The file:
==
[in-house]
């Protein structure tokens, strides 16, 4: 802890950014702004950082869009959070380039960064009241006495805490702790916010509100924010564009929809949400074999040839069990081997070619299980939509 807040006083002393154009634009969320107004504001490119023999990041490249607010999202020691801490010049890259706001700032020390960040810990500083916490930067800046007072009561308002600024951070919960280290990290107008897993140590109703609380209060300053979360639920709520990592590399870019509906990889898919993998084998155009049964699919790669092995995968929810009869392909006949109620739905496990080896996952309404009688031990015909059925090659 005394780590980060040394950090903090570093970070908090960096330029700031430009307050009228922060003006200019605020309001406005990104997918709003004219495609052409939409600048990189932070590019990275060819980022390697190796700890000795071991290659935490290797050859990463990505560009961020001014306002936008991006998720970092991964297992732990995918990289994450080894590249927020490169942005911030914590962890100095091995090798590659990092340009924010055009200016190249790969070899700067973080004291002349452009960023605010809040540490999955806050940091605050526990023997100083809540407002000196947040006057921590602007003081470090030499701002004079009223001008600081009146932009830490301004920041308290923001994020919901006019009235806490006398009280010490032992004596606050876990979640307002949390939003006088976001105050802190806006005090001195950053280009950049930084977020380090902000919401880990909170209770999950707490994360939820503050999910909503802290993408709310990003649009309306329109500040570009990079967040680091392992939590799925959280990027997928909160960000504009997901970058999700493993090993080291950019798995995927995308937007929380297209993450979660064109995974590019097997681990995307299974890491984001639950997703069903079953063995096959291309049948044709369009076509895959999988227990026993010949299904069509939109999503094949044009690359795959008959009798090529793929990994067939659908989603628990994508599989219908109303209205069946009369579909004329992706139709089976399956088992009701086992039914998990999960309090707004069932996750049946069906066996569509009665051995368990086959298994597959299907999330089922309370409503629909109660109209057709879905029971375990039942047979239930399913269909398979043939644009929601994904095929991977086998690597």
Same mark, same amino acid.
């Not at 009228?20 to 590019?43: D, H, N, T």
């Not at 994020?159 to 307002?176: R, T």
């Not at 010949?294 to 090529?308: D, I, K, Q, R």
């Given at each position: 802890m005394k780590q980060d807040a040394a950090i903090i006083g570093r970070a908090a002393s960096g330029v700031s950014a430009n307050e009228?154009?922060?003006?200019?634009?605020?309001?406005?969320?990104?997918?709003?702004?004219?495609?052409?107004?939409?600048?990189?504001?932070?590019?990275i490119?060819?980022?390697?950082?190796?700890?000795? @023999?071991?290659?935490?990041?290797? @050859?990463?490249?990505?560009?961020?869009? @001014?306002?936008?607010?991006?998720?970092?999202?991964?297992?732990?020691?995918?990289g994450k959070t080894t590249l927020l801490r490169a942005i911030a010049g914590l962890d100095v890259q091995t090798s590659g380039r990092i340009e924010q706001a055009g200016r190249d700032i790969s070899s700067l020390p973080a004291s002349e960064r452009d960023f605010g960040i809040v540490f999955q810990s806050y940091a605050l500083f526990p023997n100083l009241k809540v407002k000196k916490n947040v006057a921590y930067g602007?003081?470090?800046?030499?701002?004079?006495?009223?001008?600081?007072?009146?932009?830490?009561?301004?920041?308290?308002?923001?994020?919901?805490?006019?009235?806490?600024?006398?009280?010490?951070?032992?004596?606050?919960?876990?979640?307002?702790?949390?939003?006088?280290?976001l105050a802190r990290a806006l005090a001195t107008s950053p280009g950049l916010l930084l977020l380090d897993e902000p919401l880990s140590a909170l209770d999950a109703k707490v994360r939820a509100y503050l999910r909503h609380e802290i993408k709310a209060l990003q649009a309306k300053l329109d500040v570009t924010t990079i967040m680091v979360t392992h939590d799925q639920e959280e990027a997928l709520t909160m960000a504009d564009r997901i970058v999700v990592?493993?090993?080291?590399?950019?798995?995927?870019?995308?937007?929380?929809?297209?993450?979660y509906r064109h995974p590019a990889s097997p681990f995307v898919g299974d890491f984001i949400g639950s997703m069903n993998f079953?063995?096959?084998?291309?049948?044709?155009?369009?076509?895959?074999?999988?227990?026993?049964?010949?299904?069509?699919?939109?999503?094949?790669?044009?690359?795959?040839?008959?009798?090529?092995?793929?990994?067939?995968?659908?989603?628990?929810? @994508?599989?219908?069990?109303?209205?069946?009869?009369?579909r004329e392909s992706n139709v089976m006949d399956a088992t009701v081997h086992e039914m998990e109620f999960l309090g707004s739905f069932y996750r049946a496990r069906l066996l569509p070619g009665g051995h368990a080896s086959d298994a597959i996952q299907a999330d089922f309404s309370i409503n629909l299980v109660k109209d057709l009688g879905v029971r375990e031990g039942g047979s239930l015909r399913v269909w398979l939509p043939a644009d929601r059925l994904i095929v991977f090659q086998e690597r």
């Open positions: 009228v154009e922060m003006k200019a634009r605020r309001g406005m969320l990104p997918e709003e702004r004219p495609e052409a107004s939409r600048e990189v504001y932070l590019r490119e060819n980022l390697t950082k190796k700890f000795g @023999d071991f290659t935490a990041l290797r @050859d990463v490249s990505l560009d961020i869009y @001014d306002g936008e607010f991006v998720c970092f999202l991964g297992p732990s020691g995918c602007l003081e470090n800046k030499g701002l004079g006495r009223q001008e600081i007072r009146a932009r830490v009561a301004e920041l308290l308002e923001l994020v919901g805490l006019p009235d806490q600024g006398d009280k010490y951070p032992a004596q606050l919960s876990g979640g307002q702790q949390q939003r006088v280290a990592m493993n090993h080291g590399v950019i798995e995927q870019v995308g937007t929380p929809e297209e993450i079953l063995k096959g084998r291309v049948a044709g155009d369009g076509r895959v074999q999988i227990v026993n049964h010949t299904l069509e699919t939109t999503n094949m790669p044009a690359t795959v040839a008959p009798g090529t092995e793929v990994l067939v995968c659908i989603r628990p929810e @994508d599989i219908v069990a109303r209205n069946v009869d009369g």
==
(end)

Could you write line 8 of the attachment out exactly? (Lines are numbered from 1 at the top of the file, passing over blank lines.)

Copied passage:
């Open positions: 009228v154009e922060m003006k200019a634009r605020r309001g406005m969320l990104p997918e709003e702004r004219p495609e052409a107004s939409r600048e990189v504001y932070l590019r490119e060819n980022l390697t950082k190796k700890f000795g @023999d071991f290659t935490a990041l290797r @050859d990463v490249s990505l560009d961020i869009y @001014d306002g936008e607010f991006v998720c970092f999202l991964g297992p732990s020691g995918c602007l003081e470090n800046k030499g701002l004079g006495r009223q001008e600081i007072r009146a932009r830490v009561a301004e920041l308290l308002e923001l994020v919901g805490l006019p009235d806490q600024g006398d009280k010490y951070p032992a004596q606050l919960s876990g979640g307002q702790q949390q939003r006088v280290a990592m493993n090993h080291g590399v950019i798995e995927q870019v995308g937007t929380p929809e297209e993450i079953l063995k096959g084998r291309v049948a044709g155009d369009g076509r895959v074999q999988i227990v026993n049964h010949t299904l069509e699919t939109t999503n094949m790669p044009a690359t795959v040839a008959p009798g090529t092995e793929v990994l067939v995968c659908i989603r628990p929810e @994508d599989i219908v069990a109303r209205n069946v009869d009369g």